I started my day by waking earlier than usual (five minutes earlier to be exact). It was the typical morning: slow morning food service and frantic race to the LRT. The walk to school was uneventful as well. It was when I arrived at school and started to review for my first class that my department chair came up to me and told me I was going to substitute for a middle school teacher. At first, I was a bit scared given that I feel I’m not as competent in managing kids as young as 12 years old. Nonetheless, my boss came to me not to make a request but to state a fact: I was going to teach one session in middle school. I was game for it.
Ever since I started dreaming about teaching, I’ve never really seen myself teaching students younger than thirteen years old. I feel that I might end up shouting at them and throwing sarcastic comments at them. But somehow, in spite these biases, I felt different before the session because somehow I felt that this session was going to betray my expectations. And betray it did.
As I walked inside the classroom, I could hear shrill voices of young boys struggling to begin their puberty. I walked across the room as erect as I could in order to convey the message that I’m the boss, I’m in charge. Right before prayer started, I checked their rows and columns meticulously and ordered them to fix their areas. Upon fixing, we began with the prayer and greeting (I wrote my name on the board right before the prayer started). As they took their seat, I waited for them to settle down. My words began with, “This might be the only time we’ll ever get to meet each other. Because of that I’d like this session to be meaningful and productive for you. I want you to learn. I want you to succeed. And because of that I have a few rules…” After conducting my typical first-day spiel, I proceeded with the review.
As I was getting to know them more, I noticed something remarkably different between them and the young gentlemen I teach in the high school: these kids were kids. They were joyous, gleeful, and energetic. Their youth was infectious. As the minutes turned to scores, I started to realize why people would love to teach them—they were irresistable. However, this is just infatuation. I expected the worst of behaviors but I was given one of the most behaved ones. Maybe because I was a new teacher and a new face. But I’d like to think that they were behaved because I had something important to share.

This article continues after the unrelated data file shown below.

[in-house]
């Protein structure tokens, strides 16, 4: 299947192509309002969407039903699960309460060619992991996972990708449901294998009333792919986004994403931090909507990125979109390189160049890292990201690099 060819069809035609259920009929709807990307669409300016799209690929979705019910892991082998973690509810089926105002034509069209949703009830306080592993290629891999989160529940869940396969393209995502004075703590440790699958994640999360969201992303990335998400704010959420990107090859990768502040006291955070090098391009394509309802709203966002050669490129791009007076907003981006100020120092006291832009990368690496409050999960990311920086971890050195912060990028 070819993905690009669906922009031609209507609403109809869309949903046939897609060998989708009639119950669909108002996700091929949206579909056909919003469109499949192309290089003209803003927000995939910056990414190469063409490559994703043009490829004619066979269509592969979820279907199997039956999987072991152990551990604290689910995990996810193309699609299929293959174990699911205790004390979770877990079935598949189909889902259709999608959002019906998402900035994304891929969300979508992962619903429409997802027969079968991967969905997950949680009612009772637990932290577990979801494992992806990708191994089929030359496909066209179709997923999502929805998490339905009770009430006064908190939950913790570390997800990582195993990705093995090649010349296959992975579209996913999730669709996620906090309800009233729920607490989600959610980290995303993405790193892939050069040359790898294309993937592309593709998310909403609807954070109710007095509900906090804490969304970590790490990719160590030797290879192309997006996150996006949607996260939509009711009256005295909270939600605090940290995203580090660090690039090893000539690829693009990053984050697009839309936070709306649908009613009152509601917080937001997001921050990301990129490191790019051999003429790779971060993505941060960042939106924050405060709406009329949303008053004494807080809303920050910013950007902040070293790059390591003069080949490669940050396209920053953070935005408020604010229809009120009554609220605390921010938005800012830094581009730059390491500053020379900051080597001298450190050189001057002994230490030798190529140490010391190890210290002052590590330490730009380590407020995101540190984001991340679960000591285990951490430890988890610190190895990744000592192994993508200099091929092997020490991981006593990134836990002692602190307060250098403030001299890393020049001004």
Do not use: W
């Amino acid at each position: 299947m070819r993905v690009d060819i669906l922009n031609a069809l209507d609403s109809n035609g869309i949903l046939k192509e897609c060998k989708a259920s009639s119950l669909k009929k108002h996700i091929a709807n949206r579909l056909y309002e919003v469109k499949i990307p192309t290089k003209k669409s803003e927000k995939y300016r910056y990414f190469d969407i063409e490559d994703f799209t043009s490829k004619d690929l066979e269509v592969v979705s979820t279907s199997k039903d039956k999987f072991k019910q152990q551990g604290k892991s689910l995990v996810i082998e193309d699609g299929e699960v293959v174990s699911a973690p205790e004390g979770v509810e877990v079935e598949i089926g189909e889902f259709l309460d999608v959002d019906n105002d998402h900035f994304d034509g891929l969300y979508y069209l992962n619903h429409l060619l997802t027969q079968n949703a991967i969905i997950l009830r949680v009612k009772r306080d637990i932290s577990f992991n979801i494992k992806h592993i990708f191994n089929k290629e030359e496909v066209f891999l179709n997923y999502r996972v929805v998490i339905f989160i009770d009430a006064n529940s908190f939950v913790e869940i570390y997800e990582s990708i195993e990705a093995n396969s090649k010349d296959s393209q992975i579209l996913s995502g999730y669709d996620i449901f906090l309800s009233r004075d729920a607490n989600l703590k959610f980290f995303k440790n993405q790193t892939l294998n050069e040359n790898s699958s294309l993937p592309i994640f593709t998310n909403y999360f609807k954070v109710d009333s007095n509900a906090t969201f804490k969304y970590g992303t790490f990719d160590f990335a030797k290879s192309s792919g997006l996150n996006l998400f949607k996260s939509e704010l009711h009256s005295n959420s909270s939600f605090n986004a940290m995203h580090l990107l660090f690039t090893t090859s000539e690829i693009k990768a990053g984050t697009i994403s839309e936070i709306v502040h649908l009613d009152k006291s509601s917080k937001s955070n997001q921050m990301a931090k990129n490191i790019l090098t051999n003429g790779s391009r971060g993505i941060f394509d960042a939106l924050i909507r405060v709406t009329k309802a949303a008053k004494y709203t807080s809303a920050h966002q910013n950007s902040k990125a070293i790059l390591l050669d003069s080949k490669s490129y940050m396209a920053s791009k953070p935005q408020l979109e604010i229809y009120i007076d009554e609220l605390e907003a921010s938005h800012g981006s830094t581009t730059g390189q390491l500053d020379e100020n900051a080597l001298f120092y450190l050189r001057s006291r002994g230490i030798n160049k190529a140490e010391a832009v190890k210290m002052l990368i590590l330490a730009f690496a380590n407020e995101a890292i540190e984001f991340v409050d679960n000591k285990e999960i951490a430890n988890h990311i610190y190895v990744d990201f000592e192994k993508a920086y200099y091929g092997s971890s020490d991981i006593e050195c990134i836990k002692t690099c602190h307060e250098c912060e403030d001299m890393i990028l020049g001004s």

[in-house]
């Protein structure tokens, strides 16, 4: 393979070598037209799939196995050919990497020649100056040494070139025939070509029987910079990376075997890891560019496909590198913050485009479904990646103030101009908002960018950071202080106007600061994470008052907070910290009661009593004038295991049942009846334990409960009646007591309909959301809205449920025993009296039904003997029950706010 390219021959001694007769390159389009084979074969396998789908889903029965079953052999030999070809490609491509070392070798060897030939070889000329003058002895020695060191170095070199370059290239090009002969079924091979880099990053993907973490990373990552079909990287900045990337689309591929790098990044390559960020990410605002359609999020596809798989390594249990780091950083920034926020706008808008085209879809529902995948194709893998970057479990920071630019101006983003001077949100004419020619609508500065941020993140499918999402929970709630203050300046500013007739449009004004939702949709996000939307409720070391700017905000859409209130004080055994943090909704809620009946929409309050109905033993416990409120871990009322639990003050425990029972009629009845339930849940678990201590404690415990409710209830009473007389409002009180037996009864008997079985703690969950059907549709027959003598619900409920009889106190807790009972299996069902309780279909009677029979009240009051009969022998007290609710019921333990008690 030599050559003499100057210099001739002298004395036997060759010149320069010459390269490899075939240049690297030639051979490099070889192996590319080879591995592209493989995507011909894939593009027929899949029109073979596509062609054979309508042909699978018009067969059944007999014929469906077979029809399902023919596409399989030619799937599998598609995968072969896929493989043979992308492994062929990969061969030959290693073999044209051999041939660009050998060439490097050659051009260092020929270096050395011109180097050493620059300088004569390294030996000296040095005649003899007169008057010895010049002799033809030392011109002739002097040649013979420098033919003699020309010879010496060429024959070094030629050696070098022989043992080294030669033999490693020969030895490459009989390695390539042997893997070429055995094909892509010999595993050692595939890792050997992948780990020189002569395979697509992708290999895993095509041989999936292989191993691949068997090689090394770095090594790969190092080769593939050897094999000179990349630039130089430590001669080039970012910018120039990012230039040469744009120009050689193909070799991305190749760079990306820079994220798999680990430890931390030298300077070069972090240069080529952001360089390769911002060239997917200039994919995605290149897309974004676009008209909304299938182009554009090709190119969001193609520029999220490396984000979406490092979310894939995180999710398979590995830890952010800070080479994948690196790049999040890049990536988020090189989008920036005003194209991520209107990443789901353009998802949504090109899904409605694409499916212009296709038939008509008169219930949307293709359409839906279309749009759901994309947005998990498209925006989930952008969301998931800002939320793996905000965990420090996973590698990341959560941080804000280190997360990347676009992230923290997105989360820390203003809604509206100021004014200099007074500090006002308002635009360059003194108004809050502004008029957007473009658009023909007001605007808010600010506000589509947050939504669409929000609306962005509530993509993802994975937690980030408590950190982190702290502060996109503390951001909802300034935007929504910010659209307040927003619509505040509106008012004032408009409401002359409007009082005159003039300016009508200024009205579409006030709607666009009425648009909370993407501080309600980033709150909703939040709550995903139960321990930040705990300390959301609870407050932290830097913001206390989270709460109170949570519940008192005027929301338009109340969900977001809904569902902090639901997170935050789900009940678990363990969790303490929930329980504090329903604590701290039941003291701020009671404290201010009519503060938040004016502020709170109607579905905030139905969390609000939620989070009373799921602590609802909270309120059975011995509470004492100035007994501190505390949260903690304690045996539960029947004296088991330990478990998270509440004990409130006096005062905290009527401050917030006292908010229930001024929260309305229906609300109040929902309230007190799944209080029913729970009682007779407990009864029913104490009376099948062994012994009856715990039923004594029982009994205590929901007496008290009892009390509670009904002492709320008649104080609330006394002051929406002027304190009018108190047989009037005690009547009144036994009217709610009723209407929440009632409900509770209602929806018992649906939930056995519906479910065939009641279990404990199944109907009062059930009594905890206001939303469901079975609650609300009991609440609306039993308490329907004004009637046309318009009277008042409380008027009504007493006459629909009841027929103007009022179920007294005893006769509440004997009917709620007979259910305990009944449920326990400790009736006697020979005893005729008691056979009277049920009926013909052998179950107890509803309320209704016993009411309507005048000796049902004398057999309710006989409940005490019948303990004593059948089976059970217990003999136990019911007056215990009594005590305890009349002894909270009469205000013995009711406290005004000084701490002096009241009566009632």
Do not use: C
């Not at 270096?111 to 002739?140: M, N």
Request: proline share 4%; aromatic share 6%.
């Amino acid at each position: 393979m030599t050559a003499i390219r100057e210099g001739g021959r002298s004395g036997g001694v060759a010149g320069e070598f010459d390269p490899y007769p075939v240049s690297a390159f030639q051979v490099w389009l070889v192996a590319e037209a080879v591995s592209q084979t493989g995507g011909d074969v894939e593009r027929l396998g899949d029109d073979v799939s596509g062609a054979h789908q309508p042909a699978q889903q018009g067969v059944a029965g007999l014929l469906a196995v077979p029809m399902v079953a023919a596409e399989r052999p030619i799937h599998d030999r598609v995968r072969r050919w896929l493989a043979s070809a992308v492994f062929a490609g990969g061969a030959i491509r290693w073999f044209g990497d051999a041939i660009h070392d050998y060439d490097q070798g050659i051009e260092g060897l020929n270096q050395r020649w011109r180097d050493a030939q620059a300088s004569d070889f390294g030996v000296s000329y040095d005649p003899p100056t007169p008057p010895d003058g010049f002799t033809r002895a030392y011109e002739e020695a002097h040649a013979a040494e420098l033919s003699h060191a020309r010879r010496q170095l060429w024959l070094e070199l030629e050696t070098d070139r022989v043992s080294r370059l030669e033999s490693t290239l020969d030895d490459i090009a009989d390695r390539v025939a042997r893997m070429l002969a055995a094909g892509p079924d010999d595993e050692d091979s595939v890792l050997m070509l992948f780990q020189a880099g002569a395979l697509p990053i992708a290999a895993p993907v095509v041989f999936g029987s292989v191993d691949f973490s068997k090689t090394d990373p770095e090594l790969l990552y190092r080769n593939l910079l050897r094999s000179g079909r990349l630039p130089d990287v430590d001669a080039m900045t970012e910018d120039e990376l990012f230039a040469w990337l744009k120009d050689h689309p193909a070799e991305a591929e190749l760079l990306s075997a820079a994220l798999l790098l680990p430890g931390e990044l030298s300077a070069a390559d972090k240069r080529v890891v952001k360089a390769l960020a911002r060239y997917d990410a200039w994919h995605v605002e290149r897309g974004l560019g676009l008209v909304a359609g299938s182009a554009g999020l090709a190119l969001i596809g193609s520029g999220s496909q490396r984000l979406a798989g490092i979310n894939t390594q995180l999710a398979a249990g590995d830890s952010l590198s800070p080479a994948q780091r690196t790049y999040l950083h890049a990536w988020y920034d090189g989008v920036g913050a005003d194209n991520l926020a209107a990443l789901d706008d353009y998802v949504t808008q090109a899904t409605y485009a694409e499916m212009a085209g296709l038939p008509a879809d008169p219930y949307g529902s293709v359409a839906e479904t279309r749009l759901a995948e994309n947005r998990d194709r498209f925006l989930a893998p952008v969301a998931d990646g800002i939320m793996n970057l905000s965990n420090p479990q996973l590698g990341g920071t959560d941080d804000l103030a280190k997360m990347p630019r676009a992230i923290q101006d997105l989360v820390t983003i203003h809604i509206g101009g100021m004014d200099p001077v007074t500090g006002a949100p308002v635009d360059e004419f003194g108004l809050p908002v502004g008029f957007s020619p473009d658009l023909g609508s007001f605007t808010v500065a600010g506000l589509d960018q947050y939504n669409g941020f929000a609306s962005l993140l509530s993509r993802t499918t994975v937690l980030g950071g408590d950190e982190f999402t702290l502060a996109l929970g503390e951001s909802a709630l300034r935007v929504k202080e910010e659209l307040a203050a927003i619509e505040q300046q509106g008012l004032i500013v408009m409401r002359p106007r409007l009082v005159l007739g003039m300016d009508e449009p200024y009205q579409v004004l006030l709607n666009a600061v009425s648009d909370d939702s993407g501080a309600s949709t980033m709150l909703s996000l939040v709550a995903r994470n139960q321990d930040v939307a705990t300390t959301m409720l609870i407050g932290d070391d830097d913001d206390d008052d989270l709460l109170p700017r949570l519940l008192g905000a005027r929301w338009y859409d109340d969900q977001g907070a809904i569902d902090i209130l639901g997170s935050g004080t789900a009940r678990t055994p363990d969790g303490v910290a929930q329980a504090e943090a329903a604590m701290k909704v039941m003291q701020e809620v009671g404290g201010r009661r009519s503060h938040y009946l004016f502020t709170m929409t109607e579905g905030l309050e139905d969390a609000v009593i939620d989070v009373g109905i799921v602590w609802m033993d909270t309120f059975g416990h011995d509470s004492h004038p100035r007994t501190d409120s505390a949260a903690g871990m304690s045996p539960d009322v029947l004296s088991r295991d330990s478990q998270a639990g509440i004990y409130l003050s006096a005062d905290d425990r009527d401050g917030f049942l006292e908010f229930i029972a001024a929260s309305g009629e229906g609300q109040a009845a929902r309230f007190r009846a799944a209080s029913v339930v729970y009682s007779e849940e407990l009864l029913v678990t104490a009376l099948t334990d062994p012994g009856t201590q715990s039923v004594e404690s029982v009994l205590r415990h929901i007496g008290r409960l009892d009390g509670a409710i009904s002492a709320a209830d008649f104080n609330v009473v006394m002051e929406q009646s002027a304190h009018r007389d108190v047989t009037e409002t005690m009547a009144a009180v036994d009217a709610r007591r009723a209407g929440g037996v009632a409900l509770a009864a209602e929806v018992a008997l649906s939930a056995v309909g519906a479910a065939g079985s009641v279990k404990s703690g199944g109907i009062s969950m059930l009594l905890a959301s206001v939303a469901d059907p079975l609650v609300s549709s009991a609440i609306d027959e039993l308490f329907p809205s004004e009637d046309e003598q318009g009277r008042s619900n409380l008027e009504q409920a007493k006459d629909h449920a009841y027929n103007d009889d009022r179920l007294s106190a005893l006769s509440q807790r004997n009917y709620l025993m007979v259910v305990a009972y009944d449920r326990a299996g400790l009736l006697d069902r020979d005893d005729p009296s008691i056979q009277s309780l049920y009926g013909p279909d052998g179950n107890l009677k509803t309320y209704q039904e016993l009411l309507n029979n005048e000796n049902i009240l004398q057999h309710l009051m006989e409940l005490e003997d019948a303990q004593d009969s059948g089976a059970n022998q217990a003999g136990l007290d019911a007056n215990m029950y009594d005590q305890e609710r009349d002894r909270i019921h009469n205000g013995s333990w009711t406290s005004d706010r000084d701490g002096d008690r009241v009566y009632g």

The lesson finally winded down to the topic of Faith and how it is lived out. Normally I reserve my faith-shaking questions to older people but I wanted to make the class discussion interesting. Thus, I asked them the question, “What if one day, one morning, you wake up and you realize that God doesn’t exist, will anything change?” The reaction was varied. “Let me change the question,” I continued,”one day, one morning, you realize that your dad passed away, or your mom passed away, or BOTH passed away, will anything change?” There was a unified “yes.” “Then,” I continued, “how come when I asked you the first question about God not existing, you didn’t feel anything?” There was a commotion and some were in silence. After a while, I broke the silence and the commotion by telling them, “You know what, if you felt nothing at first, it’s OK. This is the point of CLE: to make God relevant. And hopefully, when I meet you all in your second year, and ask the same question, the answer will be different.” Some smiled with relief, others, continued their discussions with their seatmates.
I ended the class five minutes earlier because I needed to move to my next class in the high school building which was more or less a walking distance from the middleschool.
I’ve always been surprised with how my maker seems to always want to prove me wrong. I used to dread teaching in an all-boys Chinese school because I came from one and I know all the shit we do to our teachers. It was almost like an act atonement if I taught in that kind of school. But lately, I feel at home. I feel that this progressive environment was what I was looking for for a long time already. I guess I was wrong again.
I do hope that I’ll still get in next year because I’m just a substitute teacher in status. I hope that next year there’ll be an opening for me to apply to because I don’t want to leave yet.
I guess I’ll just have to wait if He proves me wrong again.